In an example embodiment, microphone 104 is a unidirectional microphone using a beam steering array arrangement to enhance voice sensitivity. Microphone 104 may be mounted on medical instrument 120 or alternatively, donned on the physician's clothing. In an example embodiment, the microphone is worn as a headset microphone or as a steerable microphone to improve voice command clarity. Bandpass amplifier 106 is used to reject background noise that is sensed by microphone 104. Noise suppression circuit 108 provides further filtering of background noise to improve the clarity of the voice command that is input to medical instrument 120. In particular, noise suppression circuit 108 generates a noise-suppressed speech signal in response to noise suppression information received from the microphone. For a detailed discussion on noise suppression circuits compatible with the present invention, reference is made to U.S. Pat. No. 4,737,976 to Borth et al., which is incorporated herein by reference.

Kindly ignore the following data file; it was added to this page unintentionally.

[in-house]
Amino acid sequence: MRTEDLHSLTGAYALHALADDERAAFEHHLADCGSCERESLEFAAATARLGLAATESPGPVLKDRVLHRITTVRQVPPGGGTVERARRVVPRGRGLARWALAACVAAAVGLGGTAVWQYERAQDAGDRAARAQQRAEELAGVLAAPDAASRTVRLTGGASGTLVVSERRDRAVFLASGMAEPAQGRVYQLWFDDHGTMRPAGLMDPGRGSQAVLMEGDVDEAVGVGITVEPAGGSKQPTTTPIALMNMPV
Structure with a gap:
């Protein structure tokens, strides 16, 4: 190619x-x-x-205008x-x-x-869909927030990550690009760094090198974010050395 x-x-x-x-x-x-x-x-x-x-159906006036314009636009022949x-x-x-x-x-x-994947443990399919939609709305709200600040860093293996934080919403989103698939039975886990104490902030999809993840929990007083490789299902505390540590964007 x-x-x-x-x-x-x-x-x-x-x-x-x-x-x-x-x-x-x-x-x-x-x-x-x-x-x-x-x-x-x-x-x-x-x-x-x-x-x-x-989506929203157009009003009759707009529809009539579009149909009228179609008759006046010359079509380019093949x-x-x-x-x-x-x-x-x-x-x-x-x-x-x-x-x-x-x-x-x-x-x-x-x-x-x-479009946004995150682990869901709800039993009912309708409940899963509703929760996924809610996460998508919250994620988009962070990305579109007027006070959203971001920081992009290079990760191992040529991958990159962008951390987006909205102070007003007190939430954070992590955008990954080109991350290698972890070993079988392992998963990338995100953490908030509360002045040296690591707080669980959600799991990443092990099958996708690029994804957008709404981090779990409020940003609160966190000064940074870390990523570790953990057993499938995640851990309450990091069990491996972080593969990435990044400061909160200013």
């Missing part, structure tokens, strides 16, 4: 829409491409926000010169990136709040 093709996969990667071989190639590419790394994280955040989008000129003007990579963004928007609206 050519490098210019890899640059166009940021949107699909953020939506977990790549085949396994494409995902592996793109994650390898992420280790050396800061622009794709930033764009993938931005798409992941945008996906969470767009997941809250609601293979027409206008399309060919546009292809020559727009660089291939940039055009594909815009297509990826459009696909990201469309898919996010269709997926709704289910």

Context data display 122 and the processor arrangement of the speech authentication circuit 111 are configured to display data indicating a recent implanted medical device state along with a corresponding set of command options. Each of the commands of the command options are executable for further processing of the recent implanted medical device state by the medical data processing instrument 120. In one example application, instrument 120 is a programmer-analyzer that is used during implant medical device surgery to perform any one of the following: to test the position of the leads within a patient's heart, to set the threshold electrical energy delivered to the patient's heart by the implanted device, or to monitor the electrical signals produced by the patient's heart. Any or all of these actions are performed on demand and serve to further process the implanted device from its current or recent state into a new state when a certain command is received by instrument 120. For a detailed discussion of the actions that are performed by a programmer-analyzer, reference is made to U.S. Pat. No. 5,792,204 to Snell, which is incorporated herein by reference.